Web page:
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Re: Loneliness or alone-ness

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Message 16 of 66

Appropos of the discussion here, I thought I would add this link to an article in "NextAvenue" which popped into my email inbox this morning.  I'm sure many of us have had some of these same thoughts and musings from time to time and it just goes to show how pervasive feelings of "being alone" or of being lonely can be.

 

The article quotes some sources and makes some suggestions but is not a "blueprint" as much as a letter of encouragement to others out there who may have some of the same feelings.  Sometimes a little encouragement is all we need!

 

http://www.nextavenue.org/lonely-not-alone/?hide_newsletter=true&utm_source=Next+Avenue+Email+Newsle...

 

For those of you not familiar with "NextAvenue," it's an email newletter sent out by the PBS system.  Per their website:

 

"Next Avenue is public media’s first and only national journalism service for America’s booming older population. Our daily content delivers vital ideas, context and perspectives on issues that matter most as we age."

 

"Our mission is to meet the needs and unleash the potential of older Americans through the power of media."

 

Twin Cities PBS Logo

"Never succumb to the temptation of bitterness." ~ Rev. Martin Luther King, Jr.

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Re: Loneliness or alone-ness

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Message 17 of 66

@vernakI agree with Astrea about this being very well put.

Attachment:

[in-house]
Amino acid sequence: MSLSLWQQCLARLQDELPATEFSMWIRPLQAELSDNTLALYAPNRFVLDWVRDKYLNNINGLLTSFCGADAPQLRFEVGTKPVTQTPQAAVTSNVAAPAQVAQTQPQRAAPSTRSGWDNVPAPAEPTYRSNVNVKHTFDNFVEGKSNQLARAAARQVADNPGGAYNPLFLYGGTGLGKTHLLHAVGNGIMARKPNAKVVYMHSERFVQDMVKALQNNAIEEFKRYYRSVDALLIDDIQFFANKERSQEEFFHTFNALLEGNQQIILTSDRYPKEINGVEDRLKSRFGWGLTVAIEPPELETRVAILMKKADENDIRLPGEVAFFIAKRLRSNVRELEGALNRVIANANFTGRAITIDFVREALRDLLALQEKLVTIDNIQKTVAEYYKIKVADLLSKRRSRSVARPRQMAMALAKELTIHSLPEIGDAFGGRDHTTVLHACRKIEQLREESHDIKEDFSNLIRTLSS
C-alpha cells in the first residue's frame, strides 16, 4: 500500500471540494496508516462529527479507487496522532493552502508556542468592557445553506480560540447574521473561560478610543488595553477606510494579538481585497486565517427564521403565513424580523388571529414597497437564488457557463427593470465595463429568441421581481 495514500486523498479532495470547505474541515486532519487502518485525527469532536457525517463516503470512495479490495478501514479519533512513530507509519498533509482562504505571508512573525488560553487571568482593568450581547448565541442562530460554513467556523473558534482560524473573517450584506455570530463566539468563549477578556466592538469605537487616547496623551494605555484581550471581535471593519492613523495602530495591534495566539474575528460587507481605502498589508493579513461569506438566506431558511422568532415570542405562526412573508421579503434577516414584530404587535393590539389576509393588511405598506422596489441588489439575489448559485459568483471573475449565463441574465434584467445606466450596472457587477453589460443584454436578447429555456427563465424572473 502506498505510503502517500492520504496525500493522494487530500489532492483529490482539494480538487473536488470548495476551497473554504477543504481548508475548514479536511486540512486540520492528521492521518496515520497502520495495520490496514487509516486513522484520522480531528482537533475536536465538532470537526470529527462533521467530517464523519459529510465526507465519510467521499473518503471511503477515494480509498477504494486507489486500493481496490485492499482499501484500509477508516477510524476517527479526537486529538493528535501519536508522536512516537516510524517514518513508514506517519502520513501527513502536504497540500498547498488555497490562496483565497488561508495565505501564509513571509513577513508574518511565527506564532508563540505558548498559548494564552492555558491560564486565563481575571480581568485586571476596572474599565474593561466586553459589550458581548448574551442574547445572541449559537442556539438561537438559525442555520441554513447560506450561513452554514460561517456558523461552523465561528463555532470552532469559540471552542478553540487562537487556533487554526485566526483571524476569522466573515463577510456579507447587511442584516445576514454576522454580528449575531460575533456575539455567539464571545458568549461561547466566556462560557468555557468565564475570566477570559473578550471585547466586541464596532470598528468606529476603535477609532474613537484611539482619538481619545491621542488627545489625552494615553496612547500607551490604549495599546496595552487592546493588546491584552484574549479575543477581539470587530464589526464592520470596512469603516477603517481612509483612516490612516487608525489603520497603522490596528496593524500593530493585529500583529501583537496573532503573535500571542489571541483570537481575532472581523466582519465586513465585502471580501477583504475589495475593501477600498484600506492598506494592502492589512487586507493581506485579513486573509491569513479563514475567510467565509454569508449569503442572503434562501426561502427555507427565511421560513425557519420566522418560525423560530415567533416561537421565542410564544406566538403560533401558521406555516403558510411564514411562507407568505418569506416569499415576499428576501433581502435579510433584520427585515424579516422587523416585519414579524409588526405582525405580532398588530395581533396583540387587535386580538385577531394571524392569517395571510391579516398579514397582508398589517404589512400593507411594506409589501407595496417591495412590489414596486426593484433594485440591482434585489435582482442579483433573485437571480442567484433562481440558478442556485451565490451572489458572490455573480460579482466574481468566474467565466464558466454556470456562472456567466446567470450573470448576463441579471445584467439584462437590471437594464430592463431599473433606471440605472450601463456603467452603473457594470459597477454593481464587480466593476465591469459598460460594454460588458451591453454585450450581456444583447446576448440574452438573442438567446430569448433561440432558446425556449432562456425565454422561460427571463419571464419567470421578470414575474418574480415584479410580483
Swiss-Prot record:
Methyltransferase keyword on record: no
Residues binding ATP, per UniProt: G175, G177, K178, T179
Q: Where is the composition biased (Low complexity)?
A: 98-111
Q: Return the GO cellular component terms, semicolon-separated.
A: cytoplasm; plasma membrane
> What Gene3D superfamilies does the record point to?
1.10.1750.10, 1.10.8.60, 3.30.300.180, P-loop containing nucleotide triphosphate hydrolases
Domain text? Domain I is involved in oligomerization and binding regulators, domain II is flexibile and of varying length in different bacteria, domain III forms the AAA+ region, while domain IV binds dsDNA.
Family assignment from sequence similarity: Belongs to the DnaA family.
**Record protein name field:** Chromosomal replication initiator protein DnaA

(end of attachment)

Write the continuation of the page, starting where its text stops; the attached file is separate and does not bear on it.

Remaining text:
I never minded being alone but sometimes we do feel lonely and need to reach out and keep in touch with family and/or friends. I do think some socializing is good for us, but I also I understand that we don't always mind being alone. I had a boss that used to say "at times the only intelligent answer is one you give to yourself". I often found he was right.

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Re: Loneliness or alone-ness

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Message 18 of 66

@vernak - Very well put!


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Re: Loneliness or alone-ness

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Message 19 of 66

Solitude is enjoyable. Loneliness is not. This researcher seems to equate being alone with loneliness. They are far from the same. I have been single and living alone for 42 years. Sometimes I was lonely, but not all that much of the time. Mostly I enjoyed my solitude, and still do. Different people have different social needs. There is the matter of what you expect, and what you want, versus what you get. That is what can lead to pain.

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Re: Loneliness or alone-ness

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Message 20 of 66

@l136780y - I'm sorry for the recent loss of your surrogate dad! Since you mention being a veteran, are there any American Legion posts near you, where you can start developing a network of friends? Don't assume that you need to be 100% the same as your friends, to feel comfortable together! It's common (and a good idea) to have friends with whom you enjoy one or two things, so you can spend some time with each of them.

 

Your experience is a good lesson & reminder to all of us singles, that it can be very dangerous (albeit easy) to become so dependent on a single relative or friend, for our entire social life. Not only do we need variety, but the flexibility to still have other friends, if something happens to one of them.